Background: Papillary thyroid carcinoma (PTC) has a favorable prognosis following one-stage surgical therapy, whereas two-stage resections bear the risk of increased morbidity and possibly impaired prognosis. To further elucidate the value of surgical re-exploration in PTC, a retrospective study was performed.
Methods: The study involved 187 patients with PTC who underwent total thyroidectomy with central lymph node dissection between 2001 and 2011. The number of two-stage surgeries, the rates of recurrent laryngeal nerve paralysis (RLNP) as well as hypocalcemia, and the long-term survival were assessed.
Results: Two-stage surgeries were performed in 43%. No statistically significant difference was seen between the one- and two-stage resection groups regarding the rate of RLNP (transient 5.6% vs. 6.3%, permanent 2.6% vs. 0%) nor for hypocalcemia (transient 25.2% vs. 18.8%, permanent 14.0% vs. 22.5%). The 10-year recurrence-free survival was 95.5% and the 10-year disease-specific survival was 98.9% with no difference between groups.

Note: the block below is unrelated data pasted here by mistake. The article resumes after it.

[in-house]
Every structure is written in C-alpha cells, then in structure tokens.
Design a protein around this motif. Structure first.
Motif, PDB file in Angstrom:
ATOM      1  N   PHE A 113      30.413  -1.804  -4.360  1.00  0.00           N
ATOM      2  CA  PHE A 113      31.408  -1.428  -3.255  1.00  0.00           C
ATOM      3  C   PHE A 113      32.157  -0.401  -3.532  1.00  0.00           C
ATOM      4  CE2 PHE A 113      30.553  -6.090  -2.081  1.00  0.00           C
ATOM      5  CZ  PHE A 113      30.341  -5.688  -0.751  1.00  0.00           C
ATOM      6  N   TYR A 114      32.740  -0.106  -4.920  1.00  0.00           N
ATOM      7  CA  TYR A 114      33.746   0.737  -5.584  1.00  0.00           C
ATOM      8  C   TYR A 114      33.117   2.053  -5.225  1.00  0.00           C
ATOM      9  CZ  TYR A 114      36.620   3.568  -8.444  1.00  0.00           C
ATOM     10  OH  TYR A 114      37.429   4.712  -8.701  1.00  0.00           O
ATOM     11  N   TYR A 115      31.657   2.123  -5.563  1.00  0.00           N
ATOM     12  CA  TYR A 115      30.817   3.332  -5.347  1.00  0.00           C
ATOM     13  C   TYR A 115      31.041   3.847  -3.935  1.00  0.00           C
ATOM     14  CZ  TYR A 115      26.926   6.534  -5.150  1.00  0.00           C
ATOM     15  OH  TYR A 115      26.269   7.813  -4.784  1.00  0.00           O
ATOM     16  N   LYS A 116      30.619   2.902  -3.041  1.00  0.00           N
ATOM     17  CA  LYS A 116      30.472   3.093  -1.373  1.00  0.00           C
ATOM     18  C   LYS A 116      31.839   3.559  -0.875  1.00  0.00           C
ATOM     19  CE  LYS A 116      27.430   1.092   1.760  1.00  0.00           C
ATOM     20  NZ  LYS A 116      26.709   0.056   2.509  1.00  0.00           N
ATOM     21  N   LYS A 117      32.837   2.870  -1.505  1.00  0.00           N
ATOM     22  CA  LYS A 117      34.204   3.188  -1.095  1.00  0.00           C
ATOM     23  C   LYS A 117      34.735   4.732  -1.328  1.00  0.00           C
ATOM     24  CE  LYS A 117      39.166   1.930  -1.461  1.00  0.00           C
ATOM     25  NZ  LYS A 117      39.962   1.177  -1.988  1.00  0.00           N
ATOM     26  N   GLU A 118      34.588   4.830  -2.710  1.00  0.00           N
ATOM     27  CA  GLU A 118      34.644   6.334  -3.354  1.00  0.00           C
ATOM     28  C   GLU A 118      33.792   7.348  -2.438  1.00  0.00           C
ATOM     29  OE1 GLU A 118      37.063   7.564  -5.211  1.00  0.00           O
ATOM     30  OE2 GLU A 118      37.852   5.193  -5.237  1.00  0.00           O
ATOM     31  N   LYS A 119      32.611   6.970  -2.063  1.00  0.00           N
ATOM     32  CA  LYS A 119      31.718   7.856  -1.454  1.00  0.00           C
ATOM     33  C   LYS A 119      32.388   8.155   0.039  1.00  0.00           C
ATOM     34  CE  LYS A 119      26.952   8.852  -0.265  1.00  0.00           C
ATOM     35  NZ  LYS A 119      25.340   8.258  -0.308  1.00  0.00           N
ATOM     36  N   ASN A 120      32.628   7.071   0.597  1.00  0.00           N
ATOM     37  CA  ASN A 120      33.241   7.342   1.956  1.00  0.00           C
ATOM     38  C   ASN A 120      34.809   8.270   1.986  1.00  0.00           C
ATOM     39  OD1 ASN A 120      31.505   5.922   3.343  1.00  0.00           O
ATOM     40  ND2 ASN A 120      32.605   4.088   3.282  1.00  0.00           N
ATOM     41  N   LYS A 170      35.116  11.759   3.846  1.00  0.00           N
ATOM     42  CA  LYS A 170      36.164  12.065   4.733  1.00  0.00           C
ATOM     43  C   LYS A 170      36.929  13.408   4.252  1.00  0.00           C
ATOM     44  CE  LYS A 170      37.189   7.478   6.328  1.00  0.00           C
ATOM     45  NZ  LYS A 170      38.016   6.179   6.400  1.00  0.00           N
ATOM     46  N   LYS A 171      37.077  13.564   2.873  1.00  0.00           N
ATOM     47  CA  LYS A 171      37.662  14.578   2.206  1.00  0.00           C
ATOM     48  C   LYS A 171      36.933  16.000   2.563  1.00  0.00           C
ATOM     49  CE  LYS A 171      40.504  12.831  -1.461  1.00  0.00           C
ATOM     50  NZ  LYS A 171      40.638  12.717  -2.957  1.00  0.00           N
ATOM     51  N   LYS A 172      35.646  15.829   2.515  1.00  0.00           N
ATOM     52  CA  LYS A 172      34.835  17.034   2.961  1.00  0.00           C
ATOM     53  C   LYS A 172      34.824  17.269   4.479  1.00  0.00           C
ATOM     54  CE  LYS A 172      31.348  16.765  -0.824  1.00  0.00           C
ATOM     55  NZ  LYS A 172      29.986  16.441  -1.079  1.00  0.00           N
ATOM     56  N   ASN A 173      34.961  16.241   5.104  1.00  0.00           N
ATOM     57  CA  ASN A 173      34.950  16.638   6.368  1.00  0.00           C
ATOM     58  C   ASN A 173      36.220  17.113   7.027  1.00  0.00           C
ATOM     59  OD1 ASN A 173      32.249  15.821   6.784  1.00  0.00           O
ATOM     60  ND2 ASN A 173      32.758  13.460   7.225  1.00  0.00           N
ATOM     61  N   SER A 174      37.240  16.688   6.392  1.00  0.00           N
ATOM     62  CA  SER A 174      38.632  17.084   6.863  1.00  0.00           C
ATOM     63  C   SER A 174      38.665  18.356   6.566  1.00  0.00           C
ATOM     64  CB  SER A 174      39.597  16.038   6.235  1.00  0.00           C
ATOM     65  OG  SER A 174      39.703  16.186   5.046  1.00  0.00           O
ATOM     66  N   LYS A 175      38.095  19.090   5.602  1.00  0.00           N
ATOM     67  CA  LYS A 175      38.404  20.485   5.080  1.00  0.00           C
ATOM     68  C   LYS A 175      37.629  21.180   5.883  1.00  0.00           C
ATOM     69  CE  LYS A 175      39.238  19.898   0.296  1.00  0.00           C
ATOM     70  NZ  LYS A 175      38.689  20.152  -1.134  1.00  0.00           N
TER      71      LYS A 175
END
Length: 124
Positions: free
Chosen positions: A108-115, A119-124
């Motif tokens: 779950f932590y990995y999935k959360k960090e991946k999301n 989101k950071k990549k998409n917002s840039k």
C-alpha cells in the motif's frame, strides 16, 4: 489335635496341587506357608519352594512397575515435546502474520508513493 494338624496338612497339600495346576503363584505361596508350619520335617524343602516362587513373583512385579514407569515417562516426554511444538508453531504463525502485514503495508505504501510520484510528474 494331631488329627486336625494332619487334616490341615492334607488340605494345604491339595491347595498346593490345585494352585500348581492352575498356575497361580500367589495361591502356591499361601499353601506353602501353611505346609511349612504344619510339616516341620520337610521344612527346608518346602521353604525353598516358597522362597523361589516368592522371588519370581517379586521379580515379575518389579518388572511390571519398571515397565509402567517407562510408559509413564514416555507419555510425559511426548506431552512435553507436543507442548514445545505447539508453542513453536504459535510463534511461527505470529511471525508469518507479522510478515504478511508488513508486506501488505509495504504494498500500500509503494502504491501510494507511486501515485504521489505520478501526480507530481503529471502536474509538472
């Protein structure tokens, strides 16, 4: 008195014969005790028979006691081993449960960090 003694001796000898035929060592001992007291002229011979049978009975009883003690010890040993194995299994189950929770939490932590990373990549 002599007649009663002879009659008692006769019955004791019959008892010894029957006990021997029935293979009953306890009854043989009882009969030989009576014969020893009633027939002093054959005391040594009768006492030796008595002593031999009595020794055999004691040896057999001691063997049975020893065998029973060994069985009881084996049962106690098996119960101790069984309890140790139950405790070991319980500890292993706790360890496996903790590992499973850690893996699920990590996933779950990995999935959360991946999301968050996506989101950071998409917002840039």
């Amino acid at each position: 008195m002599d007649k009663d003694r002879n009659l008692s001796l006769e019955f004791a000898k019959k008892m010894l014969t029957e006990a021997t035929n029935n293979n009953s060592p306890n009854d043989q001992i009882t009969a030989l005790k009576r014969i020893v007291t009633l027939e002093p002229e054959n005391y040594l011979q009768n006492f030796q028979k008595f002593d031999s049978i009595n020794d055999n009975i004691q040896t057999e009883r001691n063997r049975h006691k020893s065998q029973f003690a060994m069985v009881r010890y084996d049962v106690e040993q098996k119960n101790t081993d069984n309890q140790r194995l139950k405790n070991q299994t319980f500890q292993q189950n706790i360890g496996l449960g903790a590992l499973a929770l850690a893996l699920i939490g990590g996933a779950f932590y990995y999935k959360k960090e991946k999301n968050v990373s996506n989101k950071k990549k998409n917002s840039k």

Conclusion: Even though two-stage surgeries do not lead to a higher incidence of RLNP and hypocalcemia, optimal preoperative and intraoperative diagnostics have to be carried out to reduce the amount of completion surgeries.
Keywords: hypocalcemia; prognosis; recurrent laryngeal nerve paralysis; two-stage resections.
©2019 Baerbock N., et al., published by De Gruyter, Berlin/Boston.